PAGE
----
Now, there aren’t enough homes for sale to keep the momentum going, and the frenzy is being starved out.

CV Winner

Interesting to note that the buyer here didn’t mind paying $351,000 over list awhile being represented by a noted discounter from Northern California – an agent who is a known critic of the realtor cartel but is happy to make a buck off the system 500 miles away from his home.

Another example of how the market is being set (and creating the comps for future sales) by the most euphoric buyers getting little or no local expertise.  If you know too much, you’ll never buy a house!

This will likely be the most paid over the list price for a home in Carmel Valley for August, but there are two others that already closed for $300,000+ over!

San Diego’s Housing Crisis

We are in the midst of a real housing crisis.

The rapidly-increasing home prices are exacerbating the problem too – especially for existing homeowners who had hoped to move up. If you paid $500,000 for your house and now it’s worth $1,000,000, you need to spend $1,500,000 on the upgrade just to make it worth it. But the gap isn’t between $1.0 and $1.5, it’s the whopping million dollars between the previously-comfortable $500,000 and the new price of $1,500,000. Even if you are over 55 and can take your old property taxes with you, the new mortgage amount will be double the previous amount AND last for another 30 years. It’s why more and more of the current homeowners are staying put, which is limiting the inventory now, and in the future.

It’s why I said on the TV show that the current market insanity is likely to continue.

With a finite number of homes and 1,700 new millionaires being created every day in America (we are now up to 18,000,000 millionaires!), the affluent have commandeered the local market.  Apparently, they don’t mind paying these prices, and will throw in another $100,000 or so to win the home, if needed.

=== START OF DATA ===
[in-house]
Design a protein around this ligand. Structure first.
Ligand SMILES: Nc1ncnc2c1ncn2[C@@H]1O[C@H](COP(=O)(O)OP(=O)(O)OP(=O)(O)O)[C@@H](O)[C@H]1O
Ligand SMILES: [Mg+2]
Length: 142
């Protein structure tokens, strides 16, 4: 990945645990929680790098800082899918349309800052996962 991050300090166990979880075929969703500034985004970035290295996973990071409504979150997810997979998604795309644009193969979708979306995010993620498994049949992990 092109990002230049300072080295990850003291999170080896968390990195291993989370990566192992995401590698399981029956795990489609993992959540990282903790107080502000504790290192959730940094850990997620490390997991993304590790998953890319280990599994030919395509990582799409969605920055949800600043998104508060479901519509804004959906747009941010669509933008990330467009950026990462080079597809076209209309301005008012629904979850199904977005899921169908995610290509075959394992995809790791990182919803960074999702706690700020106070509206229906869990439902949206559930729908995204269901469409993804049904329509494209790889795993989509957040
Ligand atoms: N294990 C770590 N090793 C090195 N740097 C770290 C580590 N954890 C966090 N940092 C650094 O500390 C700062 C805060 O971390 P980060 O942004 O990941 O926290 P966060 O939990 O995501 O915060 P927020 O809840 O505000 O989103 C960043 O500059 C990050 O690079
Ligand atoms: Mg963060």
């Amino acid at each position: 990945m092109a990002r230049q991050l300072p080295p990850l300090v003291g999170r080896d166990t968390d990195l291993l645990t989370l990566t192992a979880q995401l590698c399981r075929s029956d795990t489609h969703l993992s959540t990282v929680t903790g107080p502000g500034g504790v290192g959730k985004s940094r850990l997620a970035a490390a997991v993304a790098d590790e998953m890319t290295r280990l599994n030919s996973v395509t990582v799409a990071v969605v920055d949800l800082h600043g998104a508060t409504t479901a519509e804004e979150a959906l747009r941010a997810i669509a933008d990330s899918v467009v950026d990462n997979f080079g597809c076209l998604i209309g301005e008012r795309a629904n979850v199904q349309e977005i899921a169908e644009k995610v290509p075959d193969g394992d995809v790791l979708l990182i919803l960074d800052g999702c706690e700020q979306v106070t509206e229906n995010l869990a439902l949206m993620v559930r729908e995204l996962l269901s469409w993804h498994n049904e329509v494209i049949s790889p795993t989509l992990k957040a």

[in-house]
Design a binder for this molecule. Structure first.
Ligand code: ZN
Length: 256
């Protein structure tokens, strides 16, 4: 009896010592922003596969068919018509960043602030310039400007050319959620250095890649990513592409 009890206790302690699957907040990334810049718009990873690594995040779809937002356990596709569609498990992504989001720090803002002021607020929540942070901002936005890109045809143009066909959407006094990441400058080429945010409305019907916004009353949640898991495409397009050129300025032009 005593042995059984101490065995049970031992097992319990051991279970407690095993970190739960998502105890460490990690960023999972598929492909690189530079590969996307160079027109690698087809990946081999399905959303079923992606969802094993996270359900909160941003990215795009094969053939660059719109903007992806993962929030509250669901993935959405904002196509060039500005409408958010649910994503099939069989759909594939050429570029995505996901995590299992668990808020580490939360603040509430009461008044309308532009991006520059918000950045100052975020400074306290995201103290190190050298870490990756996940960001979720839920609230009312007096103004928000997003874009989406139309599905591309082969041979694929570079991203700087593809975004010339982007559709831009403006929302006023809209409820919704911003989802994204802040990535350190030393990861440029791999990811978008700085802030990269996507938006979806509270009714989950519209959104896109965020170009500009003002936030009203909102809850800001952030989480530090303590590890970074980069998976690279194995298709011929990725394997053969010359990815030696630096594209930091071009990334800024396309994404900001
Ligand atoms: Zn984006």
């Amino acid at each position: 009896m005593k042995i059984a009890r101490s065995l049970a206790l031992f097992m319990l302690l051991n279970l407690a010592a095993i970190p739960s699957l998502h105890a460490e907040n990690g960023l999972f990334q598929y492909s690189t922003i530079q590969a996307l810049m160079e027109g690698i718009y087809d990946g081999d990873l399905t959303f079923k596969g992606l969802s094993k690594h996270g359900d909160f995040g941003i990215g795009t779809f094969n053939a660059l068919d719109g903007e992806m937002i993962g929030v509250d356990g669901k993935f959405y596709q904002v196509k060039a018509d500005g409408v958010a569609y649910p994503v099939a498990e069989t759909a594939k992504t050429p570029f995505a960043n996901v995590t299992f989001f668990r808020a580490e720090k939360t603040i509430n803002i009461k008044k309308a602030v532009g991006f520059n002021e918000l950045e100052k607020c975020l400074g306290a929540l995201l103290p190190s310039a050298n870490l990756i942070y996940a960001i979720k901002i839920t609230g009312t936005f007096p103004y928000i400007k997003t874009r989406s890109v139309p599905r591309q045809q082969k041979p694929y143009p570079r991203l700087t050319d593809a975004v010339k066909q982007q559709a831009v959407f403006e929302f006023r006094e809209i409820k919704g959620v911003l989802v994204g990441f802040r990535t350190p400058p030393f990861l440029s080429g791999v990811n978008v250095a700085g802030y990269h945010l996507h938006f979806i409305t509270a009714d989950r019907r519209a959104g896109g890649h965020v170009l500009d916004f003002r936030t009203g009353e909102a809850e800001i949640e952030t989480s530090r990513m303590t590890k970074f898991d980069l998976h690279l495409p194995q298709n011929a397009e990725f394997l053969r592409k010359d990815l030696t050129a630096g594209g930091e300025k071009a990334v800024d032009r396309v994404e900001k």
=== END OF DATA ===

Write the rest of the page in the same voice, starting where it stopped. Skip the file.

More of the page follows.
We hear regular calls for government to ease up on zoning requirements, but more action is needed because we are out of land.  Bill Davidson, the most prolific home builder in the history of San Diego County, talked about the shortage back in 2012:

On the TV show, I suggested redeveloping the MCAS Miramar or getting the City of Carlsbad to free up some of the dedicated open space to create larger opportunities for builders, because we need thousands of more homes, not dozens, to balance the market and slow down the pricing.

But those ideas have no chance of happening.

It would take a monumental shift in priorities for our society to consider those. If the government were to propose redevelopment on a grand scale, it would take dozens of years to come to fruition. The Kearny Mesa project is a good example, but it will only add 26,000 homes over the next 30 years which probably won’t be enough to slow down pricing – and no single-family residences are planned there.

Any other new projects will face intense opposition.

The NAVWAR site off the I-5 freeway would seem like an ideal redevelopment project, and it could provide housing right where it’s needed. But the opposition is fierce – consider this attorney’s opinion:


Unless we have a game-changing shift in our community’s mindset about redeveloping the infill sites, the hordes of affluent people will dominate the home-buying – and keep pricing at these levels or higher.

Oh but wait Jim, how about those boomers – half of which haven’t retired yet?  Will the boomers who are still working be more likely to need the dough, AND be young enough to endure a move out-of-state?

Maybe, but their kids and grandkids will be lined up to inherit the house, and with that being the only feasible way for them to stay in San Diego, the boomers will find a way to age-in-place instead.

Back to Normal

Random thoughts:

Having 130 NSDCC homes in June sell for $100,000+ over list price should be an all-time record. If we had half that many, it would be astonishing!

But those were decisions made in April and May.